I met Stan “The Man” Musial once. It’s one of the family legends.
Can’t remember if it was 1973 or ’74, but it was an old timers game at Atlanta-Fulton County Stadium. Almost every old ballplayer who was still alive that we’d ever heard of was there, including Musial. My dad, brothers, cousin Matt and I were there. And thanks to a crumpled business card in my father’s possession, we all got to meet the one and only, original The Man.
Dad worked for Brunswick Corporation at the time, flying or driving up and down the East Coast, helping bowling alley managers from Buffalo to Miami spread the Gospel of League Bowling, thereby improving their bottom lines.
On one trip – to Donora, Pennsylvania (yes, that Donora) – he stayed in the 2,271st Holiday Inn of his business career. An old friend of Stan’s owned this one. She gave Dad our golden ticket, the business card, and said if we presented it to Stan, he’d meet with us. I feel like a dinosaur for typing this next phrase, but — can you imagine such a thing today?
A feeding frenzy of kids with pens and balls and scraps of paper crammed the tight angles around the Braves dugout before the game. With my older brother Steve plowing through the bodies, we made our way to the railing that separated all of us plebeians from the heroes on the field. We flagged down one of the field crew guys and begged him to take the card to Stan, who was chatting with the other immortals in the dugout.
We pleaded, then the other kids around us pleaded, and finally the field crew said, “Alright already!” and approached Stan, pointed us out, and Musial looked at us, squinting, then the famous smile, and he walked over.
“Hiya boys. How’s my friend Rose?” We explained about Dad and Donora, and he waved up at my pop, flashing that business card in the air. He shook our hands, signed autographs, then got stuck signing for the million other kids who were giddily stunned that we could summon a clean-up hitter from Mt. Olympus.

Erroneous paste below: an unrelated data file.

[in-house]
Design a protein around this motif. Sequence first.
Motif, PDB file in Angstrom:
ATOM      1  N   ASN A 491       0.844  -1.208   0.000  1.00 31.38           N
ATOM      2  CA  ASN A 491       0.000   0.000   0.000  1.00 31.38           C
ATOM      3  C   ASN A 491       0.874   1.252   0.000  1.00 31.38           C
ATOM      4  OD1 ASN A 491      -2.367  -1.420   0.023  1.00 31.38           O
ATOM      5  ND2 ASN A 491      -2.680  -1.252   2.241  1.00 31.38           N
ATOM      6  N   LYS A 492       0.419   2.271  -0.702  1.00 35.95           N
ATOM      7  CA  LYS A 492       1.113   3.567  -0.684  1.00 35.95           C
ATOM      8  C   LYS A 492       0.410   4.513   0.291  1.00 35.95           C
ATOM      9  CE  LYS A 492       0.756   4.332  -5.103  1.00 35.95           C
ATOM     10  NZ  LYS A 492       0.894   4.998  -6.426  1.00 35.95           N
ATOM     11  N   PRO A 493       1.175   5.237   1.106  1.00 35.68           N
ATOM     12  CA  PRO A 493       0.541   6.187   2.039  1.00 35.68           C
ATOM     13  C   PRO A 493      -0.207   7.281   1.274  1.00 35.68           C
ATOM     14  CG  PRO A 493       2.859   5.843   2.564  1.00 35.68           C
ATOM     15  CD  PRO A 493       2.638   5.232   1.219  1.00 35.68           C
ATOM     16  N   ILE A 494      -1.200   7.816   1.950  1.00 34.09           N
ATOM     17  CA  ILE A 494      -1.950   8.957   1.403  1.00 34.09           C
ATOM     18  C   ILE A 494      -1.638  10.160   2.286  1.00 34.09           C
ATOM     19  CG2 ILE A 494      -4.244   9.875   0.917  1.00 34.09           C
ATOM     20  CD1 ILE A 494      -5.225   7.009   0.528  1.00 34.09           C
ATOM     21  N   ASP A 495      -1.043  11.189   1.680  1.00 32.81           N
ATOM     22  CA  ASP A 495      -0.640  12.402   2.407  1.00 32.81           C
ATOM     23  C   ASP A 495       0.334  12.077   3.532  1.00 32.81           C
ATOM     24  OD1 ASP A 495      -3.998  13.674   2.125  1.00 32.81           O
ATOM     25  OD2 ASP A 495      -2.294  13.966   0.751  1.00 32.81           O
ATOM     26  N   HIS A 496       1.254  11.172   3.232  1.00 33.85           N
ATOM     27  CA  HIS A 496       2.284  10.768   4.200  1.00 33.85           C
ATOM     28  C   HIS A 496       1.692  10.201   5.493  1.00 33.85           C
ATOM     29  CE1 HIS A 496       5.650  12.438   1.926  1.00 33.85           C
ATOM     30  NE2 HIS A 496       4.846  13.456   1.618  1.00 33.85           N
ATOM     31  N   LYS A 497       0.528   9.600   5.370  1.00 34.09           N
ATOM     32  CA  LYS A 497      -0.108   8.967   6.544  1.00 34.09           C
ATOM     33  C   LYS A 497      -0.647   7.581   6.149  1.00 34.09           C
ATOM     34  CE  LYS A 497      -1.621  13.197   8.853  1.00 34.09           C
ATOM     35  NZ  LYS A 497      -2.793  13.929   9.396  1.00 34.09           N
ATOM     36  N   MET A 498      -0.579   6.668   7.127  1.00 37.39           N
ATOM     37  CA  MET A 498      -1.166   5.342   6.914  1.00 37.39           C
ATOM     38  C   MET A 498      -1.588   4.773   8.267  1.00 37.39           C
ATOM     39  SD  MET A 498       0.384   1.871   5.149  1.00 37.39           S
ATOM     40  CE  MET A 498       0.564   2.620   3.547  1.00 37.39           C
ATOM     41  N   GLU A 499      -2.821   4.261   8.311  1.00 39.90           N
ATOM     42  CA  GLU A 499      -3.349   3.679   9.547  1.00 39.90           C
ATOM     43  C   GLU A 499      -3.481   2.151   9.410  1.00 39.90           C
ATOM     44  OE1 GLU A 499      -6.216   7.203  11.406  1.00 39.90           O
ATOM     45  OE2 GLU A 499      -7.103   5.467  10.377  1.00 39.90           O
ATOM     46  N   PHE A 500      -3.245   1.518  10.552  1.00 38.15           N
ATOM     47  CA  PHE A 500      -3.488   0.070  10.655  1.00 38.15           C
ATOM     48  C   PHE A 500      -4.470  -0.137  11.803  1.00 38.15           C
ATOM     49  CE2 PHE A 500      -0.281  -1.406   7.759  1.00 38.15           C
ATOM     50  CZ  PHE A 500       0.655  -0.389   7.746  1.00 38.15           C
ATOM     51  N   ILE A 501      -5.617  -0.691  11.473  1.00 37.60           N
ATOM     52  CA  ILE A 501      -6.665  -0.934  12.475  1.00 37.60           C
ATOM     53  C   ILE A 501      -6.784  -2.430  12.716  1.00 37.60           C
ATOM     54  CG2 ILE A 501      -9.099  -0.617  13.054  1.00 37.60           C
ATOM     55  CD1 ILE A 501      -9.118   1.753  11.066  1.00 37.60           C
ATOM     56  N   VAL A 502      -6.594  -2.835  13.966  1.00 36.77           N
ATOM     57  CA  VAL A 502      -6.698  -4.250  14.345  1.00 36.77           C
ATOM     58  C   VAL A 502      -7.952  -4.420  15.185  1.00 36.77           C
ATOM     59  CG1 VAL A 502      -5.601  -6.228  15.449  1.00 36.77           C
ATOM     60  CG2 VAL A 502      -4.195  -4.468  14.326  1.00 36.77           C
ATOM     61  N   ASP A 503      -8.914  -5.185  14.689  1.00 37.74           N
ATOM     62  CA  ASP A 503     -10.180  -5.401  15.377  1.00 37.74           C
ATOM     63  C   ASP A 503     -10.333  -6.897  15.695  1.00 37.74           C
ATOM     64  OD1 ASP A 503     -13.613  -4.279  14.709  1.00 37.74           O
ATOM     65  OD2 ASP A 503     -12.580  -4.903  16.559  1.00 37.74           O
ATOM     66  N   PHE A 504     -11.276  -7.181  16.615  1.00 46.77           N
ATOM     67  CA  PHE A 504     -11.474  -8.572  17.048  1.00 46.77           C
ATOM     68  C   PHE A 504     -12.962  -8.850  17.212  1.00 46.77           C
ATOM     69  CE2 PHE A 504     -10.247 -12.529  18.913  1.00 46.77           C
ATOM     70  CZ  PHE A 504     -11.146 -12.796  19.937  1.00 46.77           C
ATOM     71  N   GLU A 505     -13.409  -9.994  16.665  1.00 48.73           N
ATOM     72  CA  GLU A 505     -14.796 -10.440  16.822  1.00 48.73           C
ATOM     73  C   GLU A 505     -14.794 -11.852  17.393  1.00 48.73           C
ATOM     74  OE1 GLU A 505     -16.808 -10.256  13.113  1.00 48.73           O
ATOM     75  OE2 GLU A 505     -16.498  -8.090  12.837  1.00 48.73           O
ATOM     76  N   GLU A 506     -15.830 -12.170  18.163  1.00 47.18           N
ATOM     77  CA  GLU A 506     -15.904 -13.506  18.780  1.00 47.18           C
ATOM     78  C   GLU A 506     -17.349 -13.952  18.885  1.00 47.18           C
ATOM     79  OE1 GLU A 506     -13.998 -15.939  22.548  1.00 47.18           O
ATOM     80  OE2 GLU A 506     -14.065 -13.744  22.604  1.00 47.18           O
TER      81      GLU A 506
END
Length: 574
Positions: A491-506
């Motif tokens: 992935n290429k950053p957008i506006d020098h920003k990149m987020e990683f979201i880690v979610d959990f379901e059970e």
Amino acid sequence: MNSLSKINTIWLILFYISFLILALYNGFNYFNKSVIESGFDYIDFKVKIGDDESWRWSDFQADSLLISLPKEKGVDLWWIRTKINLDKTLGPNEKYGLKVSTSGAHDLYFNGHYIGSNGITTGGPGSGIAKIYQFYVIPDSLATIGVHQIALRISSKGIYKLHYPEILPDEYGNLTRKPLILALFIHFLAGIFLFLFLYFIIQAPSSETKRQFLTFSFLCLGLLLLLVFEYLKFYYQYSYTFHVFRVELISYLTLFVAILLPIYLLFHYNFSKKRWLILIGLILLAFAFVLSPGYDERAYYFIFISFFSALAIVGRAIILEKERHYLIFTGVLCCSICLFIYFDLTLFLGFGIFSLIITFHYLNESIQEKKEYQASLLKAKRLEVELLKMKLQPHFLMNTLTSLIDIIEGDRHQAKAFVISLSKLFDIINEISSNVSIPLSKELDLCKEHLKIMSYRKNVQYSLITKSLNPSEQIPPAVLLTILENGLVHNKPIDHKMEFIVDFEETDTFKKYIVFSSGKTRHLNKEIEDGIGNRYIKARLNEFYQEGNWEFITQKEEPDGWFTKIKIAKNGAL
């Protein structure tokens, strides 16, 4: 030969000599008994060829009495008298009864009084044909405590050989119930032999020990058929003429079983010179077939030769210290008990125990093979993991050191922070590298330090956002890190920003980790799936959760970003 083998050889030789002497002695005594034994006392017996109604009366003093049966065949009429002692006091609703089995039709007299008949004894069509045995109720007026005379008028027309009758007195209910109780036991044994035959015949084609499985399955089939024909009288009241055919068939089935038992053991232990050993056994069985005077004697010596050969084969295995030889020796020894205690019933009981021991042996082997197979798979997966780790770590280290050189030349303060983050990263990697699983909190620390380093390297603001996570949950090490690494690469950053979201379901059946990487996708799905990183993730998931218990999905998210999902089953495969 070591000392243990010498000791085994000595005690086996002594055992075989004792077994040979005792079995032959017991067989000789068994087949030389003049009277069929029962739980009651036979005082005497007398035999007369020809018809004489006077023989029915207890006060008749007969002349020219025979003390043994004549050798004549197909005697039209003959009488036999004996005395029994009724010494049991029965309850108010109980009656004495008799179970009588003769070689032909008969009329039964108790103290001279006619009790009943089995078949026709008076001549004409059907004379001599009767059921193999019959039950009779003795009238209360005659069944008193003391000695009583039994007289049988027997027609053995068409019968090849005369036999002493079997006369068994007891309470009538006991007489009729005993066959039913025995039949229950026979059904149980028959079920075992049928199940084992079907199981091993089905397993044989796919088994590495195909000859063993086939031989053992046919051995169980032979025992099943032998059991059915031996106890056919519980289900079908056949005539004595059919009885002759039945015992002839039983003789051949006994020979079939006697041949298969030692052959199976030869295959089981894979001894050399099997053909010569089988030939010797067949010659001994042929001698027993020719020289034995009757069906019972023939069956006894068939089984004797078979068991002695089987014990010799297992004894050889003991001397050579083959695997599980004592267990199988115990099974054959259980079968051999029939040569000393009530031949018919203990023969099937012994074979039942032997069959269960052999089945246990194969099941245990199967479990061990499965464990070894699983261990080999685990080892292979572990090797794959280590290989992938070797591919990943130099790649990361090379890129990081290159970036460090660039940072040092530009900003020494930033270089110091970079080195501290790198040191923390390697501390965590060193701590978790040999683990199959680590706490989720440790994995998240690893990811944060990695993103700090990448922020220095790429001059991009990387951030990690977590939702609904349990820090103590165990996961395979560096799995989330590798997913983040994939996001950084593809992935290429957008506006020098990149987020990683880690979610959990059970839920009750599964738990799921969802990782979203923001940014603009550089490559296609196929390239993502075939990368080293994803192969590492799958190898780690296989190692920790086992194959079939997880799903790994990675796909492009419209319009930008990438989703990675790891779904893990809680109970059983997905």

I like to think that I remember him signing every one of those autographs. Maybe he did. Probably he did.
Can’t remember who the Braves were playing that day, but I’m pretty sure Mickey Mantle hit a tape-measure foul ball in the old timers game, and Johnny Mize played, and Eddie Mathews and Robin Roberts. The next year, Joe DiMaggio played. But Dad didn’t have any connections to Joe D. I don’t think anyone did.
It occurs to me as I try to remember this Musial story (which is relevant because Stan received the Presidential Medal of Freedom today) that the Man was the topic of the last conversation I had with my father. It was probably 13, 14 years after that day at the ballpark, and Dad was just about through with this side of eternity. He must have been listening to a ballgame on the radio, or overhearing some happy shadow from his past, because he wanted to talk baseball, the Braves, and how terrible they were playing that year, 1987.
Eventually, we got onto the subject of that old timers game and Stan Musial, and Dad went off on how Stan used to murder Brooklyn Dodgers pitching, especially at Ebbets Field. Dad was a Yankees fan, but he’d lived in Brooklyn (saw an effigy of Casey Stengel burned outside his apartment after one of the Dodgers’ annual autumn tragedies). He knew the nooks and crannies of Flatbush.
“He feasted on Dodger pitching,” my father said a couple of days before he died. “And those Brooklyn fans, they could be tough on the visiting club. But they loved Musial. Hated the Cardinals, but loved that man.”
That’s how Dad remembered it. Basically, those Dodger fans hated Musial a lot less than they hated any Yankee or Giant. They definitely respected him, probably even loved him a little. Most important, they gave him that perfectly appropriate nickname, and to this day, at 90, Musial remains The Man.